Indiana Jones and the Last Crusade (1989)

For this story set mostly in 1938, Spielberg, Lucas, Ford and company toned things down a bit after Temple of Doom, going back to basics — including bringing back the Nazis as the villains — in a Raiders-esque story that again finds Jones in a race to find the Holy Grail.

The addition of Sean Connery as Indy’s dad, Henry Jones Sr., was a stroke of genius, and Connery and Ford play off each other delightfully in a story that at times resembles a comedy (again, perhaps an effort by the filmmakers to lighten the mood after the darkness of Temple of Doom).

Also inspired was the casting of River Phoenix as young Indy in an opening sequence set in 1912. Phoenix captures Ford’s mannerisms in his portrait of the archaeologist as a young man, and the sequence offers an exciting chase aboard a circus train.

That train sequence, and a number of others — including one in which Indy memorably battles practically a platoon of Nazis atop a tank — again demonstrate the terrific stuntwork seen throughout the Indy films.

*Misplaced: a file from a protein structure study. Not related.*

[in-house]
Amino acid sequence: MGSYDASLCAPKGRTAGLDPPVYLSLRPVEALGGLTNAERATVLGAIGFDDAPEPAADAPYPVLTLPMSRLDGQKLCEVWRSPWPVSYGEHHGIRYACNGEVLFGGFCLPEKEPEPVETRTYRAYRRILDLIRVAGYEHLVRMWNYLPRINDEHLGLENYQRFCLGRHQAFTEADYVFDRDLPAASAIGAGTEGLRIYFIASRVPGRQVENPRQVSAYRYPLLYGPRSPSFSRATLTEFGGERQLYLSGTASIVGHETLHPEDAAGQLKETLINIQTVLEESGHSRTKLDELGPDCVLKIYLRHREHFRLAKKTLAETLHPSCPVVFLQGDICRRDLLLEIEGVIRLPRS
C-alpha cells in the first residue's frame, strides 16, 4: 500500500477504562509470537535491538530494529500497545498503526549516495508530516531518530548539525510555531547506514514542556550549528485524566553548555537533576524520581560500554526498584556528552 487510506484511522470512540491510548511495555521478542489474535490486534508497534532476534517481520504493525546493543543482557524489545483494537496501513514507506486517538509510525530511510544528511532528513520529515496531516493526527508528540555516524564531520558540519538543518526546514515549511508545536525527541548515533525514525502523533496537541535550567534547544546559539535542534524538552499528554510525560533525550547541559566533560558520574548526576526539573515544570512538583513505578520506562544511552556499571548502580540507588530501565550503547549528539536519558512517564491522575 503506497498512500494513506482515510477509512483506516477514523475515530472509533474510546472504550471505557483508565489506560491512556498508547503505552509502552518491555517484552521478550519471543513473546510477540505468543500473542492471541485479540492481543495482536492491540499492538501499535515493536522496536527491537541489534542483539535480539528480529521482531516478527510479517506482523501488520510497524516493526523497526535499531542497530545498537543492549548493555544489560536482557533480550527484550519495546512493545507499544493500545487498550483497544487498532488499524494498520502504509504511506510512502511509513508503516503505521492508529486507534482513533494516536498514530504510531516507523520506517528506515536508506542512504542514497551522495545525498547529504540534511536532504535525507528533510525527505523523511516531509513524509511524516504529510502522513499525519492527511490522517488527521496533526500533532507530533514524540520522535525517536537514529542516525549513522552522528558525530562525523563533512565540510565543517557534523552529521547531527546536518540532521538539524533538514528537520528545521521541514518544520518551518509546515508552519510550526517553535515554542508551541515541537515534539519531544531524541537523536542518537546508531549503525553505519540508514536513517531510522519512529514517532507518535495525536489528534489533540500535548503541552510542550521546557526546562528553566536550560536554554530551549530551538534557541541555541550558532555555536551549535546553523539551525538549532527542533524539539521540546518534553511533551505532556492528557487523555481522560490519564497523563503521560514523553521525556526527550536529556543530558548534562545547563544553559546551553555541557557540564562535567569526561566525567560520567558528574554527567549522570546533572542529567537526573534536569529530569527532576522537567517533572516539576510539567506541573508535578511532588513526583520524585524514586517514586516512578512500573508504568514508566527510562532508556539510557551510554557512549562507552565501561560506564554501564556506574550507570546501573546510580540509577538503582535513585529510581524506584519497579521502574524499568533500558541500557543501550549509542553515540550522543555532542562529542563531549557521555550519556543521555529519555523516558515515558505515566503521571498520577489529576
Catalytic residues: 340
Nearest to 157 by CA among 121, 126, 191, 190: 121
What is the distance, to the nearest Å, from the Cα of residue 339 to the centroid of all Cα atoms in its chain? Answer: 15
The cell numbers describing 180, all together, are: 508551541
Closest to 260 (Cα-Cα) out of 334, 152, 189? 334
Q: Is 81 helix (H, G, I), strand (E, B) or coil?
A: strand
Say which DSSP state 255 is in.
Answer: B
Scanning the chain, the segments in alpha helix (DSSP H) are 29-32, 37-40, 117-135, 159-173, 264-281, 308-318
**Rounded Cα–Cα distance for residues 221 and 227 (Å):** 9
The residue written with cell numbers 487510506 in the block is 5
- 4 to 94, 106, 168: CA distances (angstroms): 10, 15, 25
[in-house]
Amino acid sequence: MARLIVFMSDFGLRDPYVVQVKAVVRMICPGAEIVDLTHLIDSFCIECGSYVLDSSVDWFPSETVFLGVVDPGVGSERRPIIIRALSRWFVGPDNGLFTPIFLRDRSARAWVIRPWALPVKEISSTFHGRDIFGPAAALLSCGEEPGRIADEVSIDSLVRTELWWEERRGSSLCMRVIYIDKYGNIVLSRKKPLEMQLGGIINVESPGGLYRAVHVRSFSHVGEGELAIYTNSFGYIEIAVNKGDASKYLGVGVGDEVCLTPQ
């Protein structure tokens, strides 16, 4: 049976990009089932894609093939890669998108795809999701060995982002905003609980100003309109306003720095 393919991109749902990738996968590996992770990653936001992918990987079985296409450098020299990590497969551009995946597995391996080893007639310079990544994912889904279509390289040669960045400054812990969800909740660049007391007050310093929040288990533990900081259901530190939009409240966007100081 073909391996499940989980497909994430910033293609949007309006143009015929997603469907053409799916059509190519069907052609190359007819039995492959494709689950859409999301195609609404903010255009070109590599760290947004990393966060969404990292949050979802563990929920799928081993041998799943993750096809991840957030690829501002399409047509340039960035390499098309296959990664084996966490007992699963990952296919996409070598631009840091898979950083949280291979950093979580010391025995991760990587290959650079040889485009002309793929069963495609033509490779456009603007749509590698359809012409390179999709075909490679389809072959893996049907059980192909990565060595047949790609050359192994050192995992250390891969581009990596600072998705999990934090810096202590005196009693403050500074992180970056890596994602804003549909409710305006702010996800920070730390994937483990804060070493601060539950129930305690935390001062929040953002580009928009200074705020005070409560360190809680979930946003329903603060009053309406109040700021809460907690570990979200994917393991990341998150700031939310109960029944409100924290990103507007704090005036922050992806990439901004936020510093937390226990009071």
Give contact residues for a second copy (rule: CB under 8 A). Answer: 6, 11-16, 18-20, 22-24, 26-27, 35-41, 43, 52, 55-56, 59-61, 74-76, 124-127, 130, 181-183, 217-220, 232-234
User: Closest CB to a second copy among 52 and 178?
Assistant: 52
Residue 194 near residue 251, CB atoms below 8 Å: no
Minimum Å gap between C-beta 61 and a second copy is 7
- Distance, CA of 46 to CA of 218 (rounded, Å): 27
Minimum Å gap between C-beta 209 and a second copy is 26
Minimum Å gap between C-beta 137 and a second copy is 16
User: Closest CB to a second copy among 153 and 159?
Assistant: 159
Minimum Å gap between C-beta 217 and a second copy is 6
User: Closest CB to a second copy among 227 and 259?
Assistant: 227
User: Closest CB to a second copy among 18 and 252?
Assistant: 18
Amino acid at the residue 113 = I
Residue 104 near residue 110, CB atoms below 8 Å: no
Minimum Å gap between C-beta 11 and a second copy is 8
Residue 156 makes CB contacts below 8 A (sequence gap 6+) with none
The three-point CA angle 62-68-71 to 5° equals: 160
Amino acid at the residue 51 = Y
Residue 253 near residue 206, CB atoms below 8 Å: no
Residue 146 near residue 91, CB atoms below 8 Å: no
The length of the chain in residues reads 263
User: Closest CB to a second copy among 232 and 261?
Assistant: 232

Indiana Jones and the Kingdom of the Crystal Skull (2008)

After nearly 20 years, Indy was back on the big screen in this story set in 1957. The film still has mixed reactions among fans, a lot of whom don’t regard it as a “real” Indiana Jones movie because of its use of CGI effects; its storyline focused on alien beings and technology versus something out of religion or mythology, as the first three films had; and Shia LaBeouf’s character Mutt Williams, Indy and Marion’s son.

While the CGI moments can be grating at times, this film is not entirely out of place in the Indy universe, even if its overall mystical power is based more in science fiction. With its focus on aliens, and having Russians as the villains (with the always-great Cate Blanchett as their leader, Irina Spalko), this feels like it could be a pulp fiction story out of the ’50s, similar to how the earlier ones had felt like tales from a ’30s work of pulp.